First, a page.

I've been going to the same AME (Airman's Medical Examiner) for my medicals now for years, a locally well-known guy who's mostly well-known for his, erm, eccentricity (in the best British sense). He's the sort of guy whose father was friends with Tom Driberg (the title of a recent bio: "The Soul of Indiscretion: Tom Driberg, Poet, Philanderer, Legislator and Outlaw") -- and who'd actually know how much that name might mean to a Briton older than (say) 30. Although he -- the AME -- is a fair bit older than me, we share enough background (Britain and Scotland, mostly) to talk at length about UnAmerica, especially Scotland and the area around Tighnabruaich, one of the places I'm from. He's also unrepentantly anti- almost anything to do with Imperial America and its attendant bureaucracy, and isn't afraid to say it out loud. And he has this ... thing ... about bureaucracies -- lots of odd little notes and hand-written annotations on the various forms, etc., spread around the walls of his waiting room. The medicals are always an amusing and entertaining experience for me. No names here, but most people in the Oakland aviation community probably have at least some idea who I'm talking about....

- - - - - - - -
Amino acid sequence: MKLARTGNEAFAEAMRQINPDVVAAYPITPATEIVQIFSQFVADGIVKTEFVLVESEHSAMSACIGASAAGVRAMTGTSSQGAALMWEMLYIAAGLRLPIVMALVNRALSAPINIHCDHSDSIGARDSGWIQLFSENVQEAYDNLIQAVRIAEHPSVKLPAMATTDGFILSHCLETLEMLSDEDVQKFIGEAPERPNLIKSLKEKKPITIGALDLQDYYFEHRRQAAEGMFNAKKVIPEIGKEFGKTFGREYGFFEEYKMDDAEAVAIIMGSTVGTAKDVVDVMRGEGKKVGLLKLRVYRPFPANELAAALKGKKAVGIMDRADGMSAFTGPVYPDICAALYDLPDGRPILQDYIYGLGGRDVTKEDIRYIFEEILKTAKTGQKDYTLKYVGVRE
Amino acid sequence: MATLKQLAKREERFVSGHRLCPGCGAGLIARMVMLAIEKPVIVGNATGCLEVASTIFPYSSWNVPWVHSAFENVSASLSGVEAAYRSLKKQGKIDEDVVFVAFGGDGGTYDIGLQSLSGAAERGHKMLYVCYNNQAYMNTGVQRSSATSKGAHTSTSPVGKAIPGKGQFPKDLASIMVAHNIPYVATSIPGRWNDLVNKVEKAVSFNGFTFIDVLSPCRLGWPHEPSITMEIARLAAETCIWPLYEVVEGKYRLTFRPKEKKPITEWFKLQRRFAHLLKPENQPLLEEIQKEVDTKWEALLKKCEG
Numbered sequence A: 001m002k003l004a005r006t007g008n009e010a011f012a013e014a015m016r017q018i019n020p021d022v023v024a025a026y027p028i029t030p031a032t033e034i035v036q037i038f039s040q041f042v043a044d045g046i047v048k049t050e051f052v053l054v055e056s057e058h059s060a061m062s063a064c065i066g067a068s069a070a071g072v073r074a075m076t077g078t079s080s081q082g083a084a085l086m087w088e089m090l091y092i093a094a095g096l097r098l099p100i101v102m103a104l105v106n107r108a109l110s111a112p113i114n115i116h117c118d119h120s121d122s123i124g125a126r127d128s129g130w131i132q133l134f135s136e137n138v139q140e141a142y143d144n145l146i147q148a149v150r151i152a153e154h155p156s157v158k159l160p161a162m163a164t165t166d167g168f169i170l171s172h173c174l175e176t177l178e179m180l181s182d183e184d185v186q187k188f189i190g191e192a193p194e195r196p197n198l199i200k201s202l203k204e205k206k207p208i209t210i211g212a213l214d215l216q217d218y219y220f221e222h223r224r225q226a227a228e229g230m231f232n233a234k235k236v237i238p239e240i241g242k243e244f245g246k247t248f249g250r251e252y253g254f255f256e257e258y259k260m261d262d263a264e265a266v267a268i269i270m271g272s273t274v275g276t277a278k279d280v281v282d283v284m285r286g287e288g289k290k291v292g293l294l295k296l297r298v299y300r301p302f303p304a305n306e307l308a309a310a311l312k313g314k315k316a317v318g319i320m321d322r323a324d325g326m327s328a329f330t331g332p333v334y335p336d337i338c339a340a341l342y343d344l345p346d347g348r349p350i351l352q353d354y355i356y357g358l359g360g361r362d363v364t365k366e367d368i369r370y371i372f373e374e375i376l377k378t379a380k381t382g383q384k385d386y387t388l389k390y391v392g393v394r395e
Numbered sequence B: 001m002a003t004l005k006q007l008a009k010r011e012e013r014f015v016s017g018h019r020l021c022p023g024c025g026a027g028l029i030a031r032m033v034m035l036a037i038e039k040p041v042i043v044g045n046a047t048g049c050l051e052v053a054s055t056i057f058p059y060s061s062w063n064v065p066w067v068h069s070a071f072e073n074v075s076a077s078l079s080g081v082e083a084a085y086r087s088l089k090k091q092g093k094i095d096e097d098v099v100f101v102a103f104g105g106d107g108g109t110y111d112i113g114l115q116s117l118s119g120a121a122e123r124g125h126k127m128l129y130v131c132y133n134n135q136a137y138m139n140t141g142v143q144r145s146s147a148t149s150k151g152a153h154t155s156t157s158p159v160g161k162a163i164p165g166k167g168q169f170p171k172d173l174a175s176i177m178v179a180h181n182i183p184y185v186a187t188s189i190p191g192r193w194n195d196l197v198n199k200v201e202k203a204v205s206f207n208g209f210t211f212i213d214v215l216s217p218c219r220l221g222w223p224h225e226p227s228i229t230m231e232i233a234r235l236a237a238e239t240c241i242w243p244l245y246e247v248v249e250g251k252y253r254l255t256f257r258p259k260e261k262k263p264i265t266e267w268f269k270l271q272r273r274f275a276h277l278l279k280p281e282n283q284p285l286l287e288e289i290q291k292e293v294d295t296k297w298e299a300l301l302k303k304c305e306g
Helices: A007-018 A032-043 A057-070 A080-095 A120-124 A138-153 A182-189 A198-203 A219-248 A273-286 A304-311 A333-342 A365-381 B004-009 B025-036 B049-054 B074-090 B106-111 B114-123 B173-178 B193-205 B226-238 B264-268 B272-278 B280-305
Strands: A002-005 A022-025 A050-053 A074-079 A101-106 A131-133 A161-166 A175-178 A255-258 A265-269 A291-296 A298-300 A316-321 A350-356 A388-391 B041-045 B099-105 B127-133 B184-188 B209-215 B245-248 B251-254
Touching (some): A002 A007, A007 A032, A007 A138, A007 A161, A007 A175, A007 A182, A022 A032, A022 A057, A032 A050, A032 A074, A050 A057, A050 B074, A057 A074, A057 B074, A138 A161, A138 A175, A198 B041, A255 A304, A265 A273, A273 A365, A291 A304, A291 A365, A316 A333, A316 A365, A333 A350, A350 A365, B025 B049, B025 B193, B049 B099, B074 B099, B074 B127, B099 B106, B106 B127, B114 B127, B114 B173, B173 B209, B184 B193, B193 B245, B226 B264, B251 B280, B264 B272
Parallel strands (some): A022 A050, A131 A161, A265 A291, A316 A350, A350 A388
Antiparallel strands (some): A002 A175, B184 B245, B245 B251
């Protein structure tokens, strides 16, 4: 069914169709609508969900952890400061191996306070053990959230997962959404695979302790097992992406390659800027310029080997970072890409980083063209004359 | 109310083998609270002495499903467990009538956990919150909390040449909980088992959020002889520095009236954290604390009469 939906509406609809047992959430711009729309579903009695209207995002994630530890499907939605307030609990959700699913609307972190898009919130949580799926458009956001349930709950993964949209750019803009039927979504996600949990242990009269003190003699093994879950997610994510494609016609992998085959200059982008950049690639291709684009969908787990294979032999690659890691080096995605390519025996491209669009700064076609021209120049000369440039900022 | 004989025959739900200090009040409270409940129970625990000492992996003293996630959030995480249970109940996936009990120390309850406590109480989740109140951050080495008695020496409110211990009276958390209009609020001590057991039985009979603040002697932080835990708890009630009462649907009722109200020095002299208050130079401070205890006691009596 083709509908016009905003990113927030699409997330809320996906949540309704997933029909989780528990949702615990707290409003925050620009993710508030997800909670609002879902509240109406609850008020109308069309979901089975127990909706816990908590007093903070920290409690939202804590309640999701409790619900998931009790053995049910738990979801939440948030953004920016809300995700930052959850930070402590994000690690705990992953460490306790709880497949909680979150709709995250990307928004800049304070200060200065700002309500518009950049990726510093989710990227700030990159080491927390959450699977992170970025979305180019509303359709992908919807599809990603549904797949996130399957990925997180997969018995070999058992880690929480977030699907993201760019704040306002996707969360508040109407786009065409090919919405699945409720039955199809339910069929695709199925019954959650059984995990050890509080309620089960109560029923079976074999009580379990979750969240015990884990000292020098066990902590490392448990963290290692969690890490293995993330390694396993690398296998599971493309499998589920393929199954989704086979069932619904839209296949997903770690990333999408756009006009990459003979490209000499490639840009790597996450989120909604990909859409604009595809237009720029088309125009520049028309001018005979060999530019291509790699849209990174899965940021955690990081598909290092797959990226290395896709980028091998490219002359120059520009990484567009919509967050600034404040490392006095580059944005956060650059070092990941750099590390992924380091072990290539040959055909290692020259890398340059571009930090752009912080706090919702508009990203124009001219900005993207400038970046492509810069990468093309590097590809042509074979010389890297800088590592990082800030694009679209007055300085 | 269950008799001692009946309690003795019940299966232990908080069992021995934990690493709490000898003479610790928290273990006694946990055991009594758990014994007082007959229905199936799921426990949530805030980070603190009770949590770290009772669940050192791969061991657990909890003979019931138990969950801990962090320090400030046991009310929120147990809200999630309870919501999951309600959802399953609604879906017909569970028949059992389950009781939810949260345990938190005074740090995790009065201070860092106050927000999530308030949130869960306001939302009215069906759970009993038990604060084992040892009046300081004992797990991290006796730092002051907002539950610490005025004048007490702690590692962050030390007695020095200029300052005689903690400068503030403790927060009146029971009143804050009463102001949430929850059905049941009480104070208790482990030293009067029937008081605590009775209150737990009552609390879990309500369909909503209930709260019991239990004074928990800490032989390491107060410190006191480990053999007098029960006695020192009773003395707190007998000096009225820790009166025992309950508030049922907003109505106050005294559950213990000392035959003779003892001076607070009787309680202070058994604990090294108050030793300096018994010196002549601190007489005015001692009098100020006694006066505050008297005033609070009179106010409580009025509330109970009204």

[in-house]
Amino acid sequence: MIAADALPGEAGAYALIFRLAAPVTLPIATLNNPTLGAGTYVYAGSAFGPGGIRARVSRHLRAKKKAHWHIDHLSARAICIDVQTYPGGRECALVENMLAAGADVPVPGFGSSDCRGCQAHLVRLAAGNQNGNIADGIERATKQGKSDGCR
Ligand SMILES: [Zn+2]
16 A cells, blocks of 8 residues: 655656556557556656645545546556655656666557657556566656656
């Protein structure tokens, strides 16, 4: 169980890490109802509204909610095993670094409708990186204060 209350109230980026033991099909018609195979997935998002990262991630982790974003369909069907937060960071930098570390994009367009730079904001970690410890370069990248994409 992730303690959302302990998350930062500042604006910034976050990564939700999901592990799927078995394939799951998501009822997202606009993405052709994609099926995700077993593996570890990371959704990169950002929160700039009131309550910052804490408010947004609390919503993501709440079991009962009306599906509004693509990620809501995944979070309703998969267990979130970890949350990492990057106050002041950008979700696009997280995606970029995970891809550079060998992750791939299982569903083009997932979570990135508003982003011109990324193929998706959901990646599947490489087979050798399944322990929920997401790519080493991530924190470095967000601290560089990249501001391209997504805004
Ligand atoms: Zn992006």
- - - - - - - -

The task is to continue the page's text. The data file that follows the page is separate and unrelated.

Anyway, as always, he's late, and I share the corridor (and, later, the tiny waiting room) with a younger guy who works charters out of Hayward. We gossip about the various mutual freight dog aquaintances and associated companies and aircraft, especially the windowless AmFlight Metroliner on the Oakland ramp nicknamed the "death tube". That plane's always looked sinister to me, but he hasn't actually flown it (he hasn't worked for AmeriFlight for years).
Oh, and the exam? Well, the FAA has certified that, once again, I'm alive. Whew.
(Tom Driberg, as described with characteristic understatement in the blurb for Francis Wheen's biography: "wit, parliamentarian, serial cottager, alleged communist spy and friend to the Kray brothers. There are few people for whom marriage was so ill-suited yet well attended: at Tom Driberg's were cabinet ministers and mobsters, Betjeman and Waugh, but it was Osbert Lancaster who commemorated the sheeer extraordinairness of the occasion, and with it celebrated the social life of Driberg, and an era of Englishness now passed into history when the Brideshead generation sang the Red Flag." (from Amazon).